OSHA issues new guidance on returning to work
As Illinois and other states continue to lift restrictions and move into different stages of reopening, the U.S. Department of Labor’s Occupational Safety and Health Administration (OSHA) issued new guidance on how non-essential businesses should reopen amid the coronavirus pandemic. The new guidance is intended to supplement OSHA’s previously developed Guidance on Preparing Workplaces for COVID-19 and the White House’s Guidelines for Opening up America Again.
The new OSHA guidance outlines three phases of reopening:
- Encouraging continued telework and special accommodations for employees with higher risks of illness
- Easing restrictions on who is permitted at the workplace.
- Eliminating restrictions in phase three.
In addition to reiterating basic elements of reopening such as conducting assessments of hazards that increase risk of occupational exposure, isolating sick workers and maintaining proper hygiene and social distancing, the agency also answered a series of questions employers have raised about their responsibilities to workers including conducting on site temperature checks and other health screening and determining when employees need personal protective equipment (PPE).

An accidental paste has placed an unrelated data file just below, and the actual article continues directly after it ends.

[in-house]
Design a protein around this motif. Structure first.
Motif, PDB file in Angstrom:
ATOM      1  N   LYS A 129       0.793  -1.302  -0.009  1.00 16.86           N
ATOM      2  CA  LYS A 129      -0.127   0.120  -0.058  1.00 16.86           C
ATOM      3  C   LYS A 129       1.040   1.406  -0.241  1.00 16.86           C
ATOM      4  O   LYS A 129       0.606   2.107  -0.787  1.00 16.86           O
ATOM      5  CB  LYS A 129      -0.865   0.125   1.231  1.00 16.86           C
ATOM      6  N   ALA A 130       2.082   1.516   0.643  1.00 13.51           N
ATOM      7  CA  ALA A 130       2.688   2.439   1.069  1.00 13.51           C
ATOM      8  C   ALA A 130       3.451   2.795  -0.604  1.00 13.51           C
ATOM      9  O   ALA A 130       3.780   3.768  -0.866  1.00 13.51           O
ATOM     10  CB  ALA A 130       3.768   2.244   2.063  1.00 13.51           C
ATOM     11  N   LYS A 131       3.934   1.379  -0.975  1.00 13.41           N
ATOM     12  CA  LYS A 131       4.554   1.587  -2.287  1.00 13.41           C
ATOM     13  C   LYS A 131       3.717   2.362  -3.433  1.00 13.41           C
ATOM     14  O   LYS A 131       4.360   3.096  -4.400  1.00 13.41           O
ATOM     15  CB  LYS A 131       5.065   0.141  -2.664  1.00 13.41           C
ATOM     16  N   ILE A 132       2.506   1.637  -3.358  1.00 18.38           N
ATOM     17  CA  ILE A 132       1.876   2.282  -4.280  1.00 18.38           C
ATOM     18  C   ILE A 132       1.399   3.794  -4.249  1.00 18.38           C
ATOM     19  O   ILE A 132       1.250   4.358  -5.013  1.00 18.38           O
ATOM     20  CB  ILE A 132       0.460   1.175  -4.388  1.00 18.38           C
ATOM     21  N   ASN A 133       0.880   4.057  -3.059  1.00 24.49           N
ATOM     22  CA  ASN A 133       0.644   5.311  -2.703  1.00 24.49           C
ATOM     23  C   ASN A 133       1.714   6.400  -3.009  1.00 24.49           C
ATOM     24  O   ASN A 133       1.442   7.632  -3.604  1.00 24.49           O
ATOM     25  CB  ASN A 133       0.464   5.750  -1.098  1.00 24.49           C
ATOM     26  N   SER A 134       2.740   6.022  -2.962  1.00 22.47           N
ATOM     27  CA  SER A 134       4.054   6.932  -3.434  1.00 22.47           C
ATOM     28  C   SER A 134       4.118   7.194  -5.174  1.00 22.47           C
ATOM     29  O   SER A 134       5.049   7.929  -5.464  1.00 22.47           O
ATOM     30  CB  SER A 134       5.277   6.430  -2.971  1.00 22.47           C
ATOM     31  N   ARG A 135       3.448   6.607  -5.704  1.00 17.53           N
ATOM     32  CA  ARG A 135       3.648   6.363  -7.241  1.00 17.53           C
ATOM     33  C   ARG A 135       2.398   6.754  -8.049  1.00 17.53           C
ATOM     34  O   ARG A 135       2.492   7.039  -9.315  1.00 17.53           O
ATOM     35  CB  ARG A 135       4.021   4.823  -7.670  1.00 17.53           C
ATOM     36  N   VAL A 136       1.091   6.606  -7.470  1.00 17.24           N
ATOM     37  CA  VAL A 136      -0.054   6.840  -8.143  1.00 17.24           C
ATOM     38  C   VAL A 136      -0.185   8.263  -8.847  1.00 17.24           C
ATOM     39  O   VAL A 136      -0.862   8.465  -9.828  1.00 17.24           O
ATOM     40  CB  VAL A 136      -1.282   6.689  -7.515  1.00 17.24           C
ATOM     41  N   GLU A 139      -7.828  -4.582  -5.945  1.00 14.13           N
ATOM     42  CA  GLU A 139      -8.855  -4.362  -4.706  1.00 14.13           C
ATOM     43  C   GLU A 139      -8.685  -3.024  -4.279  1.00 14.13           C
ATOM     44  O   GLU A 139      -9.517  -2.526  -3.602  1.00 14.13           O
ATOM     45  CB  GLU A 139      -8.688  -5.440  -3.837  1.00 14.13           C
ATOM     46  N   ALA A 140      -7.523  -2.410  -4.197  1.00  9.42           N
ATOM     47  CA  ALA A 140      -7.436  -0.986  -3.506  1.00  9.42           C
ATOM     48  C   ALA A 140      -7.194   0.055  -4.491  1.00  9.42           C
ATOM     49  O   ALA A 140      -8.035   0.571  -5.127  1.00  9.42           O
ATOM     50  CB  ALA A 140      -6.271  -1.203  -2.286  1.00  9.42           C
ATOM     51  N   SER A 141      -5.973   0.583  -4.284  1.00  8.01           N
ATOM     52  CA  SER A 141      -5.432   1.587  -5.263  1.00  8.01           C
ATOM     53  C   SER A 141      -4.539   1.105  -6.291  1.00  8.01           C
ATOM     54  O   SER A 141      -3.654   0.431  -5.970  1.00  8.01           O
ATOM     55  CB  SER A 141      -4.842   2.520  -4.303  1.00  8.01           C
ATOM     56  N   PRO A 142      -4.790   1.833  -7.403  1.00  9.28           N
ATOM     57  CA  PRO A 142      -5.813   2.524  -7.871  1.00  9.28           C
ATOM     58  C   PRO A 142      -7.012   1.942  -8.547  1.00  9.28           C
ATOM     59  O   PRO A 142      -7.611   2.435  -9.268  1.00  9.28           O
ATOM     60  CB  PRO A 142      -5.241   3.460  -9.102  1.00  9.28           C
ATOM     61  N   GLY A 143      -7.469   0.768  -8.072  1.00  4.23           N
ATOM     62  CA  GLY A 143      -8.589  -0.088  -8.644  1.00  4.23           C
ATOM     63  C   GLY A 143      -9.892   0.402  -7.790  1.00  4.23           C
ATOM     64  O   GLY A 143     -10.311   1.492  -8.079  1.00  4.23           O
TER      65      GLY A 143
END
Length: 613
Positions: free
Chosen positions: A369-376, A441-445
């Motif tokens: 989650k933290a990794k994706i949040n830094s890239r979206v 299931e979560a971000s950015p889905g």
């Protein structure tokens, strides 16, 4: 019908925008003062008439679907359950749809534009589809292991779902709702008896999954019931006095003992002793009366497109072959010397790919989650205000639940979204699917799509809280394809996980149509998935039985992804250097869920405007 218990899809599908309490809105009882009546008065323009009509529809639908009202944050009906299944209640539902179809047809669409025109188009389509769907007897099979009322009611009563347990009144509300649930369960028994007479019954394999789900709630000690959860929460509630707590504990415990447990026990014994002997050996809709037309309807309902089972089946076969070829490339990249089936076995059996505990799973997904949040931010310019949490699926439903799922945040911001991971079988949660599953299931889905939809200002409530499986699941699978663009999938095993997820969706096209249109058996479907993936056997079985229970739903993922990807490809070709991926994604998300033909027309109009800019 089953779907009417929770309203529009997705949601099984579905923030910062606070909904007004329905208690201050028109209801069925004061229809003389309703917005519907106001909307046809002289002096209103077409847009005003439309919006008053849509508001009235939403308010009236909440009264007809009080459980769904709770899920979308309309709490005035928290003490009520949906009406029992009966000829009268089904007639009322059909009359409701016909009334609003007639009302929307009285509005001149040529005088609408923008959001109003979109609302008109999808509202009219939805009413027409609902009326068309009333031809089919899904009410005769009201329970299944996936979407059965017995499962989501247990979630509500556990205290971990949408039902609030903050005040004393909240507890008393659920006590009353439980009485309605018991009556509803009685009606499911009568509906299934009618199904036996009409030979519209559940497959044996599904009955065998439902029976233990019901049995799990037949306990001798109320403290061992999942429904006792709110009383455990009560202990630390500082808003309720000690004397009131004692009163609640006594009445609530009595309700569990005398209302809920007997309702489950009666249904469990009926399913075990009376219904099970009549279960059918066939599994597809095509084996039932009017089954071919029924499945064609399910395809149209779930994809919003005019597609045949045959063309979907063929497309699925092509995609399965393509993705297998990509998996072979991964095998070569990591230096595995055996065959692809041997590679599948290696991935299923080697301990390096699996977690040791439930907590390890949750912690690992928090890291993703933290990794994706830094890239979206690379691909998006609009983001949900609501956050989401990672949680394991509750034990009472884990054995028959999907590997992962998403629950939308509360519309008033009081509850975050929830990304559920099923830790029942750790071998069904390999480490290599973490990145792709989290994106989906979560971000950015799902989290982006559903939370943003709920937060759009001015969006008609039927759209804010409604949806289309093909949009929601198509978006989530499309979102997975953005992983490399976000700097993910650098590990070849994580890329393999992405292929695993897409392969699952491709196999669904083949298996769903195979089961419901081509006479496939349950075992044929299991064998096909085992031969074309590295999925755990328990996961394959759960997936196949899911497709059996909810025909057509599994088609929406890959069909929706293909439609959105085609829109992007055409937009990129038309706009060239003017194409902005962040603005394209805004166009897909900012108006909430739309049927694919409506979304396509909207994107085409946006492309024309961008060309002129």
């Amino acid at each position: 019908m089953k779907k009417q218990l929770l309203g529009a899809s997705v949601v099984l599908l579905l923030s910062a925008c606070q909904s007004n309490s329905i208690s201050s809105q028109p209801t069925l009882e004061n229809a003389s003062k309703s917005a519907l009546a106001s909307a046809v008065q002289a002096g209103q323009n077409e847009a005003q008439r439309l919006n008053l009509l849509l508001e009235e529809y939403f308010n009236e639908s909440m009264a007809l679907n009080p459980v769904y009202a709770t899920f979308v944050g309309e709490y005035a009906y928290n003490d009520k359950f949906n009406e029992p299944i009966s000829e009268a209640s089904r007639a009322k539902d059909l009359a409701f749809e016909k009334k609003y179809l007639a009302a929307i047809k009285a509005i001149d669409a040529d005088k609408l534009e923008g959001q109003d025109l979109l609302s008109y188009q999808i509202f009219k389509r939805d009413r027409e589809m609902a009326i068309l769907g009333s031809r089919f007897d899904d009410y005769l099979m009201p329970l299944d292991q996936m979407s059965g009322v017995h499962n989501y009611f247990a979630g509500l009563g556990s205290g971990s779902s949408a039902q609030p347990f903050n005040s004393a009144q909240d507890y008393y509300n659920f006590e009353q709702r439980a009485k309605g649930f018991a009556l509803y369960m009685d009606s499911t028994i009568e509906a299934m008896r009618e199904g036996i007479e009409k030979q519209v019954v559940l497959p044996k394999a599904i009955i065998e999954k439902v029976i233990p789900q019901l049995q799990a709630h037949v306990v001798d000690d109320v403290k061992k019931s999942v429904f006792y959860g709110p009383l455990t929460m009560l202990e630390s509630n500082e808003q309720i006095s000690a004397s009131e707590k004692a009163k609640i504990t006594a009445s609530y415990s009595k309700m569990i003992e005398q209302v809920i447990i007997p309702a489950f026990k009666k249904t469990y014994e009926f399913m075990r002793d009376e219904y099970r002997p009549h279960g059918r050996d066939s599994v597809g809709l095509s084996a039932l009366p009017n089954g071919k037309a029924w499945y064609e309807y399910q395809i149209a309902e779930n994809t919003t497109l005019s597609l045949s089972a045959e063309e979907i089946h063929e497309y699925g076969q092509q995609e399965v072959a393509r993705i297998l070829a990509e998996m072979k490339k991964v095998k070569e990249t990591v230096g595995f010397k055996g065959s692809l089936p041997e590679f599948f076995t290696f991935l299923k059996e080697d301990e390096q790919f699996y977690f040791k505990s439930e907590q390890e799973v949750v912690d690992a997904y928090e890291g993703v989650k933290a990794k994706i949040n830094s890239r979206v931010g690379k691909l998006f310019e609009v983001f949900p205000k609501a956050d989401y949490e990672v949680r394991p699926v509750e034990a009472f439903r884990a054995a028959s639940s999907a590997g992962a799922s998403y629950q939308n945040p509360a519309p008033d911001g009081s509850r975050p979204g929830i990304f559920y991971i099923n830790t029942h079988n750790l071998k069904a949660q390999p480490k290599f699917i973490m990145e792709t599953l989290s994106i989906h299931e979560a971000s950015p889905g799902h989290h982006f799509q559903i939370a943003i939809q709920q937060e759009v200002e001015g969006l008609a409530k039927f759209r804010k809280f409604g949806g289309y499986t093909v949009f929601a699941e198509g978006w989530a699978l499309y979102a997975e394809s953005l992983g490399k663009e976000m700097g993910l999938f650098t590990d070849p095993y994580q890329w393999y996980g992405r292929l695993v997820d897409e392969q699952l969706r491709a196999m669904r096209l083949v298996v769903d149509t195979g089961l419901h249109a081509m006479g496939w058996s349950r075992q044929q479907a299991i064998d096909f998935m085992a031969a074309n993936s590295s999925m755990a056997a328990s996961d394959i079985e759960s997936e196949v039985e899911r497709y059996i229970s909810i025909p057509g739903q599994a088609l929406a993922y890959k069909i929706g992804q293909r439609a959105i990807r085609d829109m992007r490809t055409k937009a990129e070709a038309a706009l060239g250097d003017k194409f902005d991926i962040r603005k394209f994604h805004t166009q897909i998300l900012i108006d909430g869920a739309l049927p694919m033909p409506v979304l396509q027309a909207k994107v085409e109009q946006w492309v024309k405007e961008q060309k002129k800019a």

Per the new OSHA guidance, worksite testing, temperature checks and health screening are allowed if done with transparency and confidentiality and without retaliation and if companies decide to do their own screenings and record the results, they may have to adhere to the Access to Employee Exposure and Medical Records, which would require keeping those records on file.
OSHA has been criticized by some lawmakers, workers' advocates and unions that it is dropping the ball on workers by only administering nonbinding guidelines and has issued only one citation related to the COVID-19 pandemic.